In the end, there was another train just five minutes later but that was plenty enough time for most of my year to have heard and to start clapping when I walked in.

  4. Bluemoon

    Worst headless chicken moment of my life…….in an unfamiliar country and city (USA) my small 6 week old baby with me with lots of bags and baggage….walking to plane exit with baby and bags in arms, moving towards gangway between plane and airport, kindly woman in front coos at baby and offers to hold baby whilst moving towards exit and I organise passports, she with babe in arms walks towards gangway on other side of plane doors, steward stands in front of me preventing me from walking through doorway, doors close with me on one side baby on the other!! Steward politely asks me to wait as gangway unstable, unknown woman has MY NEW BABY ON THE OTHER SIDE OF THE DOOR!!!!! I scream at the steward open the BLOODY doors!!! I spin round, feel sick, heart pounding, I can’t catch my breath, I scream at the other stewards and stewardesses….OPEN THE BLOODY DOORS!!!!…they look at me with horror on their faces, finally the doors open. Sweating, bags flying, I push past all the passengers and career down the gangway to the other side to find the kindly passenger rocking, peaceful, sleeping baby in her arms. One of the worst moments of my life….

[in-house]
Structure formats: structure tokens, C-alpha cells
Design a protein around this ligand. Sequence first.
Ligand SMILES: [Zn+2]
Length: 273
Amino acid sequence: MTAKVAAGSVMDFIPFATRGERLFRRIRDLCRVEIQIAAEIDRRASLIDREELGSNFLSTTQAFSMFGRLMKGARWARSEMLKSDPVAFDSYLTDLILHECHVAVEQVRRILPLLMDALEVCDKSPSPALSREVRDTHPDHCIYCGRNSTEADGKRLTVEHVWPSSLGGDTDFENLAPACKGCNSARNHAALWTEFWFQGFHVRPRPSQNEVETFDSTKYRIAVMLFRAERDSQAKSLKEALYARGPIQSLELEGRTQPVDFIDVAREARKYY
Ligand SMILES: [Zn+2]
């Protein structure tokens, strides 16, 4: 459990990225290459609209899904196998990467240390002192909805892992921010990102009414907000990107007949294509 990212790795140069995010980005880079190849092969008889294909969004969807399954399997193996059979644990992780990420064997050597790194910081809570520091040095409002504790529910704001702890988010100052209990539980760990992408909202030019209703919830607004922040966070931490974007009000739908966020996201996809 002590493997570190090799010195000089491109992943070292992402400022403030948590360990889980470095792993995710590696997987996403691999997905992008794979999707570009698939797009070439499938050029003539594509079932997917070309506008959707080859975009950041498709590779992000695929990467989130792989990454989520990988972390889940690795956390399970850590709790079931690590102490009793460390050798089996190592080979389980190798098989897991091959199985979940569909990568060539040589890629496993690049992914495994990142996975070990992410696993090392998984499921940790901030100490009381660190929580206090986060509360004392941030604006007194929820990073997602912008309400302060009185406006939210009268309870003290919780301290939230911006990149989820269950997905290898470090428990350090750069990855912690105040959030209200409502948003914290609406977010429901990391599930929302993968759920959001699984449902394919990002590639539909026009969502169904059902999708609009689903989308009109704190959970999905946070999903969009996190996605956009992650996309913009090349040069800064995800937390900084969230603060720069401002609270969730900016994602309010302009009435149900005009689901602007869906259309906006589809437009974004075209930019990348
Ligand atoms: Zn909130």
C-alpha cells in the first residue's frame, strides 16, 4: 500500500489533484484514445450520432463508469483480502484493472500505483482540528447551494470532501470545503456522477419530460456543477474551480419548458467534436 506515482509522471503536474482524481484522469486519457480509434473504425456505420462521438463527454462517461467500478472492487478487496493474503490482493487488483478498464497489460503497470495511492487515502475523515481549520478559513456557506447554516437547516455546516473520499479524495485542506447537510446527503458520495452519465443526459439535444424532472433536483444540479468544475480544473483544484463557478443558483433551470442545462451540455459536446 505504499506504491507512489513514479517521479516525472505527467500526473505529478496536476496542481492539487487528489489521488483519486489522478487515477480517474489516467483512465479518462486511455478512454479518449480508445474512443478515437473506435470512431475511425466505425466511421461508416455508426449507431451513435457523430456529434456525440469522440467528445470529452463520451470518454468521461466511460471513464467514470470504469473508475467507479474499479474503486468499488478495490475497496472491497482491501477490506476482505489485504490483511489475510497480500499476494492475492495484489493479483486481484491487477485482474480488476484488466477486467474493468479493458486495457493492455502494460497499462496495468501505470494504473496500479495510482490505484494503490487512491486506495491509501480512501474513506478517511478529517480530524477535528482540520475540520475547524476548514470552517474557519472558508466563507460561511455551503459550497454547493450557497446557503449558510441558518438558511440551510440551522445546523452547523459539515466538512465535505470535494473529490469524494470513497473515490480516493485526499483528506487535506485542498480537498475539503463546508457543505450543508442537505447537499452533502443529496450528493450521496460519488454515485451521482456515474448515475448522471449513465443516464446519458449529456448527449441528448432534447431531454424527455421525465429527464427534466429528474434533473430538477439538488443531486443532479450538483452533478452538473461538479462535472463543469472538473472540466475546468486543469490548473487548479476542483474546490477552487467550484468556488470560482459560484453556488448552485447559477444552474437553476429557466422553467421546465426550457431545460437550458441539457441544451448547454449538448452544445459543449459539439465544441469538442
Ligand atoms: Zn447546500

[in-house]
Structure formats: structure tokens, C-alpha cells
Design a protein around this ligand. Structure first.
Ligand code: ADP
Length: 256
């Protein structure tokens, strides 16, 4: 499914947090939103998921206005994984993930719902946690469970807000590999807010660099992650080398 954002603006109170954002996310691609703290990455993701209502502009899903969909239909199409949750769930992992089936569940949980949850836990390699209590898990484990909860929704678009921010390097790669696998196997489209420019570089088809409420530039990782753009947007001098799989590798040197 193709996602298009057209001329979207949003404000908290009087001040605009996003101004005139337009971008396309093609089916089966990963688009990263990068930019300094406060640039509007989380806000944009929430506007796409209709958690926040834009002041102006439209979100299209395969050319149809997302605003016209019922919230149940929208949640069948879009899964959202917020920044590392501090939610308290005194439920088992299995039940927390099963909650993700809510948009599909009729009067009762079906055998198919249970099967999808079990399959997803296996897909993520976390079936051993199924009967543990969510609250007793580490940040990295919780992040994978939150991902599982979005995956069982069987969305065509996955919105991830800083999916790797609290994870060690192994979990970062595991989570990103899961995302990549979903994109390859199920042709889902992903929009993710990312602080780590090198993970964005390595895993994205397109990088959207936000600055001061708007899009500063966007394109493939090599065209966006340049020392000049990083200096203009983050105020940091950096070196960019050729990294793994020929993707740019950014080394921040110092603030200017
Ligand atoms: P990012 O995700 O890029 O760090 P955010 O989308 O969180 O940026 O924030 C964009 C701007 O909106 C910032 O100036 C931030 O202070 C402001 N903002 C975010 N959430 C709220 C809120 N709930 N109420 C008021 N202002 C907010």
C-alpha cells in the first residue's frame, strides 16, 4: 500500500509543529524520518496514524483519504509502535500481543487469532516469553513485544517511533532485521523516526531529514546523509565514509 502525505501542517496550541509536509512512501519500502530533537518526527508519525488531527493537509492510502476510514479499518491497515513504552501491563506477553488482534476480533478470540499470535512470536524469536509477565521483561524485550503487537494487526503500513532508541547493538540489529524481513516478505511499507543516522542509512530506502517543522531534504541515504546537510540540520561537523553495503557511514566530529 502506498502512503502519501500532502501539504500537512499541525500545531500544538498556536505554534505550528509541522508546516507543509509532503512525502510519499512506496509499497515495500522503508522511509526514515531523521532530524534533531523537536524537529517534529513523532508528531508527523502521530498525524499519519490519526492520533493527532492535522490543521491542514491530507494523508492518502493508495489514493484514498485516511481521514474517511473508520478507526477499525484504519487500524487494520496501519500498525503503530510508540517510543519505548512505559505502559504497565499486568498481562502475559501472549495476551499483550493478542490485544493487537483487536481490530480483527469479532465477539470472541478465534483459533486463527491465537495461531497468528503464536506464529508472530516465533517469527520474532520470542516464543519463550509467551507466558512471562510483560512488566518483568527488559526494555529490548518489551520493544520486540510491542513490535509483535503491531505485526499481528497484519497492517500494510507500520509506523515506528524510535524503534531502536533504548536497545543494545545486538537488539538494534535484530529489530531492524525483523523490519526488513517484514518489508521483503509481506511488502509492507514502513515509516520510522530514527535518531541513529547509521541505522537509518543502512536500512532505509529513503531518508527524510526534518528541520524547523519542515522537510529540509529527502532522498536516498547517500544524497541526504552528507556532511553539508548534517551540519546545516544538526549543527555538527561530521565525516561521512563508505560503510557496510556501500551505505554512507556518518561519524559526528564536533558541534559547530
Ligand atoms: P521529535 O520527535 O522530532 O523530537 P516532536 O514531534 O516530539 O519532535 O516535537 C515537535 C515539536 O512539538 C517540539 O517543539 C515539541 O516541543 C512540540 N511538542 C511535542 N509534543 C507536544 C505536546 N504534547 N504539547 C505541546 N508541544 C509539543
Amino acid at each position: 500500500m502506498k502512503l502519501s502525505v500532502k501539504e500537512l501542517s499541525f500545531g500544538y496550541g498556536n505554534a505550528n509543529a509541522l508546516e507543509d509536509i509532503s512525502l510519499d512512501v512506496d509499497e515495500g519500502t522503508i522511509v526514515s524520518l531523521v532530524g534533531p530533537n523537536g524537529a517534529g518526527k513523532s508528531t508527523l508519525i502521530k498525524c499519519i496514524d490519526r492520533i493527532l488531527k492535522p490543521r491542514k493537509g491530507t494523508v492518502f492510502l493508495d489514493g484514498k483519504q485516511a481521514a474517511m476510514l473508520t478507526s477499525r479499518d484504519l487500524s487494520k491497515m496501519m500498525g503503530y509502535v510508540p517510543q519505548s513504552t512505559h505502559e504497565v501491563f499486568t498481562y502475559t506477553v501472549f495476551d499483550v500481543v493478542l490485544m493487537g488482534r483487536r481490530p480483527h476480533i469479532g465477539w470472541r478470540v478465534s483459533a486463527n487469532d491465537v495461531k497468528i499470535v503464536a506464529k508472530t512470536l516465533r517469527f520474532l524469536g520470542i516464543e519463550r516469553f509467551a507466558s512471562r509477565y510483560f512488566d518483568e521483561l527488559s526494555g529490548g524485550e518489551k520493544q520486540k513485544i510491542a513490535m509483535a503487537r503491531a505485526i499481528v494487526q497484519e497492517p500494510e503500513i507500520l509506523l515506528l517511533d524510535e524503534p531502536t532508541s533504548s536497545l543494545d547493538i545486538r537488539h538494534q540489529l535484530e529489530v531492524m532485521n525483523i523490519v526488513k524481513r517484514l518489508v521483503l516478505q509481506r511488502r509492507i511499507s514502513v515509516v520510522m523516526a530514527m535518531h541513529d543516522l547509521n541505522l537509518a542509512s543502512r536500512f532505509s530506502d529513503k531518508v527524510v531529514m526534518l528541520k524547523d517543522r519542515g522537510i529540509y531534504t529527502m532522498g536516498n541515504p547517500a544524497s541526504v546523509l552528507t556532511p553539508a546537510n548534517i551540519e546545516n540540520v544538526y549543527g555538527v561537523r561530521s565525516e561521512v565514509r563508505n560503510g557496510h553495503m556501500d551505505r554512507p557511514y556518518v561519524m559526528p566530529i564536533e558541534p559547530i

5. brucehood

    Bluemoon, that story is pretty amazing…. there is nothing like the fury of a new mother separated from her cub. God help anyone who got in your way!

  6. womaninblack

    I have no headless chicken moments whatsoever to share, because I am awesomely organised, a bit like the robot bride you dream of (and when my arms fall off, baby, it’s all part of the ride).
    I would like to note, however, that I appear to come into contact with a great many people who operate by brain stem only. Ah, the peace and tranquility which must come from being painfully, terminally bloody stupid.

  7. Always remember to backup all your files like a good little monkey. Better yet.. Backup your backedup backup on both hard drives, DVDs, tape drive, and Sumerian tablets.

    We normally don’t appreciate how much we need all of our data until it’s too late.

  8. brucehood

    As always Dr. Fong… a fountain of wisdom and Eastern mystery.

  9. That Sumerian tablets part cracked me up – imagine forgetting *those* in the backseat of your car…

  10. poietes

    Too many headless chicken moments to remember, usually involving going on car trips and forgetting things like money, driver’s licenses, suitcases, a child (all of these have happened), showing up at the doctor’s office on the wrong day for an appointment, or getting to a tickets-only event with my mother only to discover that she has left her ticket at home (it’s quite obviously inherited). These aren’t even the better ones.